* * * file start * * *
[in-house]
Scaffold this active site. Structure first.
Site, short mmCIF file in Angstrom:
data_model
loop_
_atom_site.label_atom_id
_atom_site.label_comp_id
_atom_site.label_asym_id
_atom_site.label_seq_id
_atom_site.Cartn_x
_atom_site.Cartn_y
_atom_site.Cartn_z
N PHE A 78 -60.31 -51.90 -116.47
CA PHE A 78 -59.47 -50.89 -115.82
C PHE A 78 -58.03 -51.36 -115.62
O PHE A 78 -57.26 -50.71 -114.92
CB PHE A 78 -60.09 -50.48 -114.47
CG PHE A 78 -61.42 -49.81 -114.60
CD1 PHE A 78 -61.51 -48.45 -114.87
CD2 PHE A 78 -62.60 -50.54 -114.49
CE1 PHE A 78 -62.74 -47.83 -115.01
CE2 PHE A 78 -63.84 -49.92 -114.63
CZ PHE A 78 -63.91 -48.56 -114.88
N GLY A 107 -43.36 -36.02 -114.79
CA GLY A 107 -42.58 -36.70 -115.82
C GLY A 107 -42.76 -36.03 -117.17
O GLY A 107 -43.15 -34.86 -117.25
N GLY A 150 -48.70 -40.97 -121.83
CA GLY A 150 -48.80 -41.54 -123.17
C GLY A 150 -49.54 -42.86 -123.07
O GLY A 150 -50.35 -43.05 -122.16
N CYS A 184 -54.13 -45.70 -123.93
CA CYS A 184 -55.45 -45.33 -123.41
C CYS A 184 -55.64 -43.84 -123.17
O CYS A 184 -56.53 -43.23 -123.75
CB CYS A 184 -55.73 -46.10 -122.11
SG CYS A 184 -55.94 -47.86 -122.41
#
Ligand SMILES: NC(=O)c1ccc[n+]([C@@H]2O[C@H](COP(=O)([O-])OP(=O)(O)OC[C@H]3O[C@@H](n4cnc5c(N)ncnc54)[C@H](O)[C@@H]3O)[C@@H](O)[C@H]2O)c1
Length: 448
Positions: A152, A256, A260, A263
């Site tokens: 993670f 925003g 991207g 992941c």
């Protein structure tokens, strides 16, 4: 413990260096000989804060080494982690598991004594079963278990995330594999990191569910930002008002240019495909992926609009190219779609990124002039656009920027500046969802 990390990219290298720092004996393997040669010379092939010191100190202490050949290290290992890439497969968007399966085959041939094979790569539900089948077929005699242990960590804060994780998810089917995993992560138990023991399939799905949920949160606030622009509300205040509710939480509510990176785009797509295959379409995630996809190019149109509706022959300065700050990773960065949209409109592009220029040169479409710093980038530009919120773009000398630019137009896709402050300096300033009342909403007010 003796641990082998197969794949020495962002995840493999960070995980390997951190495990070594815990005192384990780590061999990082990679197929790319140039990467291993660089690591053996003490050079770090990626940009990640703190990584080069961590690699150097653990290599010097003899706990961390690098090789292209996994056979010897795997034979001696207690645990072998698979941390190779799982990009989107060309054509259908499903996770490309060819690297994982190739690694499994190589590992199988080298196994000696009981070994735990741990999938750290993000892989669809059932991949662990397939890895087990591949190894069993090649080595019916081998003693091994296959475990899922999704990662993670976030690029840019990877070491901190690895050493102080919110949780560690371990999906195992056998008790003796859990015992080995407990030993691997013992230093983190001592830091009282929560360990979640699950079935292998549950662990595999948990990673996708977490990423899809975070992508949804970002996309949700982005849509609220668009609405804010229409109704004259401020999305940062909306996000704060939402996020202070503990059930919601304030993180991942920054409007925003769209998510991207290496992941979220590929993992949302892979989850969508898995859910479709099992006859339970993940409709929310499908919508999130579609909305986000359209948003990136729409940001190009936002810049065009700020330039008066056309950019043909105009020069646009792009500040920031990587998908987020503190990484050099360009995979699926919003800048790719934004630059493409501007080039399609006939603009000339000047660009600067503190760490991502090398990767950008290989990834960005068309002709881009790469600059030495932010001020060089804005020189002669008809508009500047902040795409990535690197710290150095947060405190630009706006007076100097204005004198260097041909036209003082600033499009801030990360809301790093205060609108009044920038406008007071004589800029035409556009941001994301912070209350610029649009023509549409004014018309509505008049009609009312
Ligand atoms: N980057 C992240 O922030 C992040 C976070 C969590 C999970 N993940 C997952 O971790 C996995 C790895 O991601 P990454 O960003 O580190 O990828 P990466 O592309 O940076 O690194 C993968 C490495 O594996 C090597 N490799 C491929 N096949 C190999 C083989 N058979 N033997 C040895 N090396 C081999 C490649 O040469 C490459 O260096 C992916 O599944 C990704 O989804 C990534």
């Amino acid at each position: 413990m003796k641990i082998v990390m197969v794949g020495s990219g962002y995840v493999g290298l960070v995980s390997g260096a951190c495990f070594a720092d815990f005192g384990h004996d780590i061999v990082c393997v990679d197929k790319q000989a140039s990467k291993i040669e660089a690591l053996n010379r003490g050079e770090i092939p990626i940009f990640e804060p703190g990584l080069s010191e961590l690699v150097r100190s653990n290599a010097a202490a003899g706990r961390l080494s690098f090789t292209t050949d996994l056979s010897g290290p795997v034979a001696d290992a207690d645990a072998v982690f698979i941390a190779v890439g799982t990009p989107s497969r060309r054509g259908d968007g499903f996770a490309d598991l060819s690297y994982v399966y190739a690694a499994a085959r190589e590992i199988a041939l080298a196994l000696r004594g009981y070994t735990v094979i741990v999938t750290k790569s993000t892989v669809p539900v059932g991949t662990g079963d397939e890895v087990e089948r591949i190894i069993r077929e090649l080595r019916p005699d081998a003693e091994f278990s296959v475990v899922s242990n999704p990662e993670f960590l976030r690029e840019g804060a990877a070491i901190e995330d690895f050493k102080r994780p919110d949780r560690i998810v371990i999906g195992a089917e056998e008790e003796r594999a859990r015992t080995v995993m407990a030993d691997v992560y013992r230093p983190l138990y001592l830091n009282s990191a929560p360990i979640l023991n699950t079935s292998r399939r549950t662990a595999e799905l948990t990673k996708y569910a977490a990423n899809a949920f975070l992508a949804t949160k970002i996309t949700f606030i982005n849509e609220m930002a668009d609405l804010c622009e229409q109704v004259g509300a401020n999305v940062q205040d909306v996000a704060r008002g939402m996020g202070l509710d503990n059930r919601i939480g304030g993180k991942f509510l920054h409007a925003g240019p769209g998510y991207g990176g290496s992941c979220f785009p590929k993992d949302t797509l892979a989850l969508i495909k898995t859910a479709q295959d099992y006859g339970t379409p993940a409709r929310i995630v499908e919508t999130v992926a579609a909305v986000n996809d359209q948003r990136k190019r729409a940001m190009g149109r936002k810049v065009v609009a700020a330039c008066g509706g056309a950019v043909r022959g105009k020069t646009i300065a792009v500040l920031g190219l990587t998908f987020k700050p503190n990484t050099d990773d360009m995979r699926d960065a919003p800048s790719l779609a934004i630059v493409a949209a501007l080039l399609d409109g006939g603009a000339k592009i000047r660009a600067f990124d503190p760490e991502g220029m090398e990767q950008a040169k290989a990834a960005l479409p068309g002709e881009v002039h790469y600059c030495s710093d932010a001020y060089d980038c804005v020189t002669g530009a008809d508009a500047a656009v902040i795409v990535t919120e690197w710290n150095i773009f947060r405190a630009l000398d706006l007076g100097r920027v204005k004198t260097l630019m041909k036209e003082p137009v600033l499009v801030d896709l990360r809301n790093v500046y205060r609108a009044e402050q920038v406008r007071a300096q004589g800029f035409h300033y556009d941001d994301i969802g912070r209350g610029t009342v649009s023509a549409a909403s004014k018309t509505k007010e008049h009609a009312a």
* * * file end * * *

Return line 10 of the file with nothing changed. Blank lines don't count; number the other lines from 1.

_atom_site.Cartn_x